When Nora suggests that Torvald find Mrs. Linde a job, Torvald again shows his biases concerning women’s proper roles in society by immediately assuming that Mrs. Linde is a widow. Torvald’s assumption shows that he believes a proper married woman should not work outside the home. Also, as Torvald departs with Mrs. Linde, he says to her, “Only a mother could bear to be here [in the house],” suggesting that any woman who wants a job must not have children. These words contain a veiled expression of pride, since Torvald is pleased that his home is fit only for what he believes to be the proper kind of woman: a mother and wife, like Nora.
After Nora reveals her secret to Mrs. Linde, Nora’s and Mrs. Linde’s versions of femininity slowly begin to converge. With knowledge of her noble act, we see Nora’s character deepen, and we see that she possesses more maturity and determination than we previously thought. What prompts Nora to reveal her secret about having saved Torvald’s life by raising the money for their trip abroad is Mrs. Linde’s contention that Nora has never known hard work. Although Mrs. Linde’s accusation of Nora facilitates the pair’s reconciliation, what motivates the two women here is unclear. Ibsen does not explicitly reveal whether Mrs. Linde’s irritation at Nora stems from envy, annoyance, or even concern. Similarly, Nora’s defensive response could signify that she is hurt, competitive, or simply itching to tell someone her secret. All that is clear is that both Mrs. Linde and Nora are proud to have helped those they love by sacrificing for them. Their common experience of sacrifice for others unites them even though they come from different economic spheres and forms the basis for their rekindled friendship.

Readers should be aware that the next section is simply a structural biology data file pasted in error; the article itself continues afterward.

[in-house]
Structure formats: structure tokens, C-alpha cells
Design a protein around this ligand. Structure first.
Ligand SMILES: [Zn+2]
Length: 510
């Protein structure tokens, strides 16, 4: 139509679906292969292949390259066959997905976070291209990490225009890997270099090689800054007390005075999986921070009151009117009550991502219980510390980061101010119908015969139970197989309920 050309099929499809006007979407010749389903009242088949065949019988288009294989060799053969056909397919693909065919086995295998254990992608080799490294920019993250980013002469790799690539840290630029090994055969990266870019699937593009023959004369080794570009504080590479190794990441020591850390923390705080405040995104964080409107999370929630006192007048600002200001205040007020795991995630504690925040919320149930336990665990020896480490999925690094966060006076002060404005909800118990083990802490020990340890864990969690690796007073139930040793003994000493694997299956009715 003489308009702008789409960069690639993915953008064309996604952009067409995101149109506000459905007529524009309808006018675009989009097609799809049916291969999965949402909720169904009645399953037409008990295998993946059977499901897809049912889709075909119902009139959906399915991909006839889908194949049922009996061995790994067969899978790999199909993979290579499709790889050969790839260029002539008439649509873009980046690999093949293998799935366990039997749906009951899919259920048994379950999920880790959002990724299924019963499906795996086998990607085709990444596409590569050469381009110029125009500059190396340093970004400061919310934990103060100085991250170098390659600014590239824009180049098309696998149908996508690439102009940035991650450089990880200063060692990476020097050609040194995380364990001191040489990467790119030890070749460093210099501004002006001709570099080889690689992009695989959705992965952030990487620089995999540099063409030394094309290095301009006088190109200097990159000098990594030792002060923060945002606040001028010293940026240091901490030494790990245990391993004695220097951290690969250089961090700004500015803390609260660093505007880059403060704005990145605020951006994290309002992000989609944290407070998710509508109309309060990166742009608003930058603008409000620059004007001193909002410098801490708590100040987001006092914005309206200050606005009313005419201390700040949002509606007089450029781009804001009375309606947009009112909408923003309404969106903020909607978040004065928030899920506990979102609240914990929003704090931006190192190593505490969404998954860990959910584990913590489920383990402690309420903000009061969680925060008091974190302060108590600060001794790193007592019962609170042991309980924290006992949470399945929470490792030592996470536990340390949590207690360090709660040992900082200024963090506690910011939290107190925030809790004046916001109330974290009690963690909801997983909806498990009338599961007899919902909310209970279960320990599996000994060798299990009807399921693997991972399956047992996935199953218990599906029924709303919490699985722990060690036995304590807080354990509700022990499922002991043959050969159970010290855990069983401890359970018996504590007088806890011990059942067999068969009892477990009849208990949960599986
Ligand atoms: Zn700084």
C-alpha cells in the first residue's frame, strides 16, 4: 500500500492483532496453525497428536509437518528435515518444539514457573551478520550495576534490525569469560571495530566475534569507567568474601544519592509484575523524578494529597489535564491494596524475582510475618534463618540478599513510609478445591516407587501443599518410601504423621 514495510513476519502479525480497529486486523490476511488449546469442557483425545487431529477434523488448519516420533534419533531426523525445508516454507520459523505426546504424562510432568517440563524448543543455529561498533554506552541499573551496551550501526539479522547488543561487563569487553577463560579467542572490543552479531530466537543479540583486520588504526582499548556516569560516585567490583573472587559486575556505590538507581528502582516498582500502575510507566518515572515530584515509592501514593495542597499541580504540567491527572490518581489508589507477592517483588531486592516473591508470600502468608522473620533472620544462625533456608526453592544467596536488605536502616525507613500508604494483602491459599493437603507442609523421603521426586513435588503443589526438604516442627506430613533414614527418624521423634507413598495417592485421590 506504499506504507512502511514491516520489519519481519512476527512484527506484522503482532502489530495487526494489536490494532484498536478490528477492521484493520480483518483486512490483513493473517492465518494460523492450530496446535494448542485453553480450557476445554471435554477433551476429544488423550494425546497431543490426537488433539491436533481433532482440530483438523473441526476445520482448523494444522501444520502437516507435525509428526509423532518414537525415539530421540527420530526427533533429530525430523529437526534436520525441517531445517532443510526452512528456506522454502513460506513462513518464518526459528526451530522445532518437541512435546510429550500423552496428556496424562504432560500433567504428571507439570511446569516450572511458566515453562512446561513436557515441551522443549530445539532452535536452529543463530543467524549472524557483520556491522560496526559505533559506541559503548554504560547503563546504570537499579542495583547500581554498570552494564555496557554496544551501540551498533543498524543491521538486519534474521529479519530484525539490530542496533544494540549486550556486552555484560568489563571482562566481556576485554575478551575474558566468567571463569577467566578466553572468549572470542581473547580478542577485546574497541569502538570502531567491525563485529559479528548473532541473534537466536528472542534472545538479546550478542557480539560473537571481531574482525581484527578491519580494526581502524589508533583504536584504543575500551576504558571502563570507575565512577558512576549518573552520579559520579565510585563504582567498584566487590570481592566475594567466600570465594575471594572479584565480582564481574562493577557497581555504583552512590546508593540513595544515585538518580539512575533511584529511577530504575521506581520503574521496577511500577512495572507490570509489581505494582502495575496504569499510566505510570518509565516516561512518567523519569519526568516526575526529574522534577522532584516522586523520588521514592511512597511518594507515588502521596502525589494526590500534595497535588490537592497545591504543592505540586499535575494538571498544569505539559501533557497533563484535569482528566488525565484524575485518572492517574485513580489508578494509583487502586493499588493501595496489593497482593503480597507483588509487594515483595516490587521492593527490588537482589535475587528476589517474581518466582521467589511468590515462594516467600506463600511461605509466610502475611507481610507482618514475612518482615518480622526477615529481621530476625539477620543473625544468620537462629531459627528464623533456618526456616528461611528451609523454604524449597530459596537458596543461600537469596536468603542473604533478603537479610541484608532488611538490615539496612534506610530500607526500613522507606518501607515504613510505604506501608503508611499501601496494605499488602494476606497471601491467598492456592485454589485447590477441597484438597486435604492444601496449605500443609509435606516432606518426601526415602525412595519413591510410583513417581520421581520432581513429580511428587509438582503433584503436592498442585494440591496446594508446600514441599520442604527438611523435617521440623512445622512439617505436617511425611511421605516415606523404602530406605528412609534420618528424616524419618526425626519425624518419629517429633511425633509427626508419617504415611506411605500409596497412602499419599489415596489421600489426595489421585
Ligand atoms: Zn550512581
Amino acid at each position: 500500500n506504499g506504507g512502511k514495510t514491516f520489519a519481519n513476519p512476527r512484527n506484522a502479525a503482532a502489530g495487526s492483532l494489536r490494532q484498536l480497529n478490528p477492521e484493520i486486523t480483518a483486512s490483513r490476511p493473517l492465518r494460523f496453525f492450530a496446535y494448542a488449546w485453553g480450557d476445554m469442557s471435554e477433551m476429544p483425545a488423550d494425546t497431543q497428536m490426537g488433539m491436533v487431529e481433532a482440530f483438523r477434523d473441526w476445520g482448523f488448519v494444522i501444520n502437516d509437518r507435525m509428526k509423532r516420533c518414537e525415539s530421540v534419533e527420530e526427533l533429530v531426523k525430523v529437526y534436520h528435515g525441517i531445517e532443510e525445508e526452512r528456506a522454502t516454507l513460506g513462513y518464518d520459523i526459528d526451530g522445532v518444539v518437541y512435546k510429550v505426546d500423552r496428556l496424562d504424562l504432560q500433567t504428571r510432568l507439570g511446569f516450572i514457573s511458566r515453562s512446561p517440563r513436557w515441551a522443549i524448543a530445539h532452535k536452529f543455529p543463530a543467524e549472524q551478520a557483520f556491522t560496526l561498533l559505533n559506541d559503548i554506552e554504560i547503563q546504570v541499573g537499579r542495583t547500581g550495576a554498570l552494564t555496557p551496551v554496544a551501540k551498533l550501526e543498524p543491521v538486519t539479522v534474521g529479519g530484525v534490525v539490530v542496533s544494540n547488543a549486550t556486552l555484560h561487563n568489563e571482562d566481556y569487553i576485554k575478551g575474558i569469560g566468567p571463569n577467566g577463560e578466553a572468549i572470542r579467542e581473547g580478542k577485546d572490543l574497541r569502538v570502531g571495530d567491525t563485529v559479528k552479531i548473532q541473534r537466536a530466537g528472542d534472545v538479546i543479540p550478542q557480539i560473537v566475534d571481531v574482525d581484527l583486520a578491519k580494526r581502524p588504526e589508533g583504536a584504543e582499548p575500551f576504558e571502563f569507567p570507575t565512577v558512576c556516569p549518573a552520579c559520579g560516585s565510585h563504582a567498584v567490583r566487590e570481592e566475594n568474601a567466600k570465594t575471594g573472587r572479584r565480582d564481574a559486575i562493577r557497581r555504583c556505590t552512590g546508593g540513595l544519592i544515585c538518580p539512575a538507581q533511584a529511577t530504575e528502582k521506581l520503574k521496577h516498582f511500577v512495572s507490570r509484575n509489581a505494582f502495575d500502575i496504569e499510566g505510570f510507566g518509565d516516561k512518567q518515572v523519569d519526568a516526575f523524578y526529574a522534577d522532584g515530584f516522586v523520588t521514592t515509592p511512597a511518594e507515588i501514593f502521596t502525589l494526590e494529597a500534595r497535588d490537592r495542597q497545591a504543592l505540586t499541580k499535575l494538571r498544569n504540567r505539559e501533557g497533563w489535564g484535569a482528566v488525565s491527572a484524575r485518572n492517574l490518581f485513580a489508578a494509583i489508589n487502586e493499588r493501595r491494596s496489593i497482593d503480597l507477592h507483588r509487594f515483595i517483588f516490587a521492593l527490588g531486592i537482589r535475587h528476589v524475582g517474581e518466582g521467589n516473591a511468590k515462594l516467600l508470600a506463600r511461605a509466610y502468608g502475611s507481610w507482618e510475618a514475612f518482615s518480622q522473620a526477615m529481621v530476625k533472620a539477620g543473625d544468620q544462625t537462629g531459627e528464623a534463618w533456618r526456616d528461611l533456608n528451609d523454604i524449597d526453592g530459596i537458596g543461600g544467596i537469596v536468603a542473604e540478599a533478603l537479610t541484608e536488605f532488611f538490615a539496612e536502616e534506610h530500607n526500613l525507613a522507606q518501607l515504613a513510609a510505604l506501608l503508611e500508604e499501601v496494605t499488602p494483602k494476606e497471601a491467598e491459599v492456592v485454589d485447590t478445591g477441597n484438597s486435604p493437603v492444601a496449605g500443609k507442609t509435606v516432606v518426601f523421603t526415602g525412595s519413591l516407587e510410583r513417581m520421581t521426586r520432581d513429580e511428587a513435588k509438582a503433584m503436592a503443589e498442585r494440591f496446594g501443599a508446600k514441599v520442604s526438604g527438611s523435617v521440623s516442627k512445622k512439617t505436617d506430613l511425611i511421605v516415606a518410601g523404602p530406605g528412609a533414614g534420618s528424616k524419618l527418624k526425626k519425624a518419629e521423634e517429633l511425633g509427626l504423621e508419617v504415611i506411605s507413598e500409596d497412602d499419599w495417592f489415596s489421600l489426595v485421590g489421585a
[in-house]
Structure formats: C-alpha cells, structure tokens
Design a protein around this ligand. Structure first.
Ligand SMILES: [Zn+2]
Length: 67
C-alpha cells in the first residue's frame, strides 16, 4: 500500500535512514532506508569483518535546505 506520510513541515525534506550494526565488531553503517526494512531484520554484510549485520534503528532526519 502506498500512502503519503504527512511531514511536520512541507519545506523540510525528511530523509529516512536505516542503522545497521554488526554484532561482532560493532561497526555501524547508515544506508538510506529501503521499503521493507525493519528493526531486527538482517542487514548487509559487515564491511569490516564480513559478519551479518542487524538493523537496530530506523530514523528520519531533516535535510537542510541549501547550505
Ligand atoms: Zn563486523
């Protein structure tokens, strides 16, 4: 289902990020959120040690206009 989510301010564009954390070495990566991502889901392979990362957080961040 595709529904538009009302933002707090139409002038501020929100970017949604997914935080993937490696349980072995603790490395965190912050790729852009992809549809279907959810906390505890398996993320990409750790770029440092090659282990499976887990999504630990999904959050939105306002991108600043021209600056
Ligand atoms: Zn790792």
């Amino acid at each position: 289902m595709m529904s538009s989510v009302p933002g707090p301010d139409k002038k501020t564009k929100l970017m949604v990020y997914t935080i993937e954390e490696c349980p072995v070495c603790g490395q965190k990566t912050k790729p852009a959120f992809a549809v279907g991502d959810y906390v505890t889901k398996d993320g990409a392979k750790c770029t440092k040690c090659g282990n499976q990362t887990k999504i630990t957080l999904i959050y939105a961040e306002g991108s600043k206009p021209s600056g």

i think the toys Nora bought for her children also symbolise something.
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it says in the character analysis that krogstad was shunned by society and wasn't let by people to move on from his past. i think that because of this, krogstad tries to blackmail nora for her forgery as a means of compensating for the unfair treatment he received.
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In our Lit class we also discussed the hypocritical nature of Torvald, and how he goes directly against what he earlier states are his attitudes and how he would respond (for example, he says "I am not so heartless as to condemn a man... because of a single false step", yet he is quick to condemn Nora when he discovers the forgery she had committed).